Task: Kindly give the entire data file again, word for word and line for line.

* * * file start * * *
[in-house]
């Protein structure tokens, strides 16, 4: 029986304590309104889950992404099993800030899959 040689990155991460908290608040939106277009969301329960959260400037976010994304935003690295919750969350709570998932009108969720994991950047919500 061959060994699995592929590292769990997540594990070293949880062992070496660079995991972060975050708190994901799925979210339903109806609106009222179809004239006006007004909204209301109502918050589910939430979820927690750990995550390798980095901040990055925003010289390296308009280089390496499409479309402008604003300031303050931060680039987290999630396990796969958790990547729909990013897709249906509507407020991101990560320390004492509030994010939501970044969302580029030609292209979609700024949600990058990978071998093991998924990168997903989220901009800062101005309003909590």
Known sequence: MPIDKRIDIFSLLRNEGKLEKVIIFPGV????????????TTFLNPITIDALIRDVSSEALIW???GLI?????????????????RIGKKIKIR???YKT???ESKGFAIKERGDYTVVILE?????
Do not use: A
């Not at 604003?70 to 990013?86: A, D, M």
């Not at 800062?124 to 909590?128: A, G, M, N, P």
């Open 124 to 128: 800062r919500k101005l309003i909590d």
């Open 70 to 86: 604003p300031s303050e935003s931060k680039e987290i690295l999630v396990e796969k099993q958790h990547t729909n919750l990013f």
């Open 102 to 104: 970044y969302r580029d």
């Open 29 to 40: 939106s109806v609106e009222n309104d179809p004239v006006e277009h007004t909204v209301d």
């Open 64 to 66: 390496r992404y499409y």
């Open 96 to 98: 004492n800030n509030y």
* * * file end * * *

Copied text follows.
[in-house]
């Protein structure tokens, strides 16, 4: 029986304590309104889950992404099993800030899959 040689990155991460908290608040939106277009969301329960959260400037976010994304935003690295919750969350709570998932009108969720994991950047919500 061959060994699995592929590292769990997540594990070293949880062992070496660079995991972060975050708190994901799925979210339903109806609106009222179809004239006006007004909204209301109502918050589910939430979820927690750990995550390798980095901040990055925003010289390296308009280089390496499409479309402008604003300031303050931060680039987290999630396990796969958790990547729909990013897709249906509507407020991101990560320390004492509030994010939501970044969302580029030609292209979609700024949600990058990978071998093991998924990168997903989220901009800062101005309003909590």
Known sequence: MPIDKRIDIFSLLRNEGKLEKVIIFPGV????????????TTFLNPITIDALIRDVSSEALIW???GLI?????????????????RIGKKIKIR???YKT???ESKGFAIKERGDYTVVILE?????
Do not use: A
């Not at 604003?70 to 990013?86: A, D, M």
């Not at 800062?124 to 909590?128: A, G, M, N, P």
């Open 124 to 128: 800062r919500k101005l309003i909590d």
């Open 70 to 86: 604003p300031s303050e935003s931060k680039e987290i690295l999630v396990e796969k099993q958790h990547t729909n919750l990013f």
């Open 102 to 104: 970044y969302r580029d």
């Open 29 to 40: 939106s109806v609106e009222n309104d179809p004239v006006e277009h007004t909204v209301d």
């Open 64 to 66: 390496r992404y499409y």
């Open 96 to 98: 004492n800030n509030y």